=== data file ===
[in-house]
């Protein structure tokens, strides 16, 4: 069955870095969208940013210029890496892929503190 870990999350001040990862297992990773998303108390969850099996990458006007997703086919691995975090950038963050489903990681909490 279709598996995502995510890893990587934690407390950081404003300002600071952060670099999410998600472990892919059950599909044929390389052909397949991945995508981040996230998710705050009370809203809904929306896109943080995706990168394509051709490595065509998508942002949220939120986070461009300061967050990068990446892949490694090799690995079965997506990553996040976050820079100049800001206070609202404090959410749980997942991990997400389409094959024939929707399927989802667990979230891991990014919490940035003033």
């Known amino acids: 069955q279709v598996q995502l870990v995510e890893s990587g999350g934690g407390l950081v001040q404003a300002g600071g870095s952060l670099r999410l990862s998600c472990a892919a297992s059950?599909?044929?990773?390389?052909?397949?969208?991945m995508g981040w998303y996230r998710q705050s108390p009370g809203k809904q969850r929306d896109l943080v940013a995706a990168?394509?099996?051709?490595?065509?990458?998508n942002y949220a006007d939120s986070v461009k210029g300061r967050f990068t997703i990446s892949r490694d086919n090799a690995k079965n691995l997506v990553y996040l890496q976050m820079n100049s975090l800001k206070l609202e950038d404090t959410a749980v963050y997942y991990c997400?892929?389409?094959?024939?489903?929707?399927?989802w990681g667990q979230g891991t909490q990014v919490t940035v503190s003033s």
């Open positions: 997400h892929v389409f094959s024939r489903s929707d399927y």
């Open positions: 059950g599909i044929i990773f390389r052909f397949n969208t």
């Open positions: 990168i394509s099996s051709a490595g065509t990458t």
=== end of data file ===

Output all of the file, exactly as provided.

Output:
[in-house]
């Protein structure tokens, strides 16, 4: 069955870095969208940013210029890496892929503190 870990999350001040990862297992990773998303108390969850099996990458006007997703086919691995975090950038963050489903990681909490 279709598996995502995510890893990587934690407390950081404003300002600071952060670099999410998600472990892919059950599909044929390389052909397949991945995508981040996230998710705050009370809203809904929306896109943080995706990168394509051709490595065509998508942002949220939120986070461009300061967050990068990446892949490694090799690995079965997506990553996040976050820079100049800001206070609202404090959410749980997942991990997400389409094959024939929707399927989802667990979230891991990014919490940035003033």
């Known amino acids: 069955q279709v598996q995502l870990v995510e890893s990587g999350g934690g407390l950081v001040q404003a300002g600071g870095s952060l670099r999410l990862s998600c472990a892919a297992s059950?599909?044929?990773?390389?052909?397949?969208?991945m995508g981040w998303y996230r998710q705050s108390p009370g809203k809904q969850r929306d896109l943080v940013a995706a990168?394509?099996?051709?490595?065509?990458?998508n942002y949220a006007d939120s986070v461009k210029g300061r967050f990068t997703i990446s892949r490694d086919n090799a690995k079965n691995l997506v990553y996040l890496q976050m820079n100049s975090l800001k206070l609202e950038d404090t959410a749980v963050y997942y991990c997400?892929?389409?094959?024939?489903?929707?399927?989802w990681g667990q979230g891991t909490q990014v919490t940035v503190s003033s």
């Open positions: 997400h892929v389409f094959s024939r489903s929707d399927y």
């Open positions: 059950g599909i044929i990773f390389r052909f397949n969208t």
């Open positions: 990168i394509s099996s051709a490595g065509t990458t």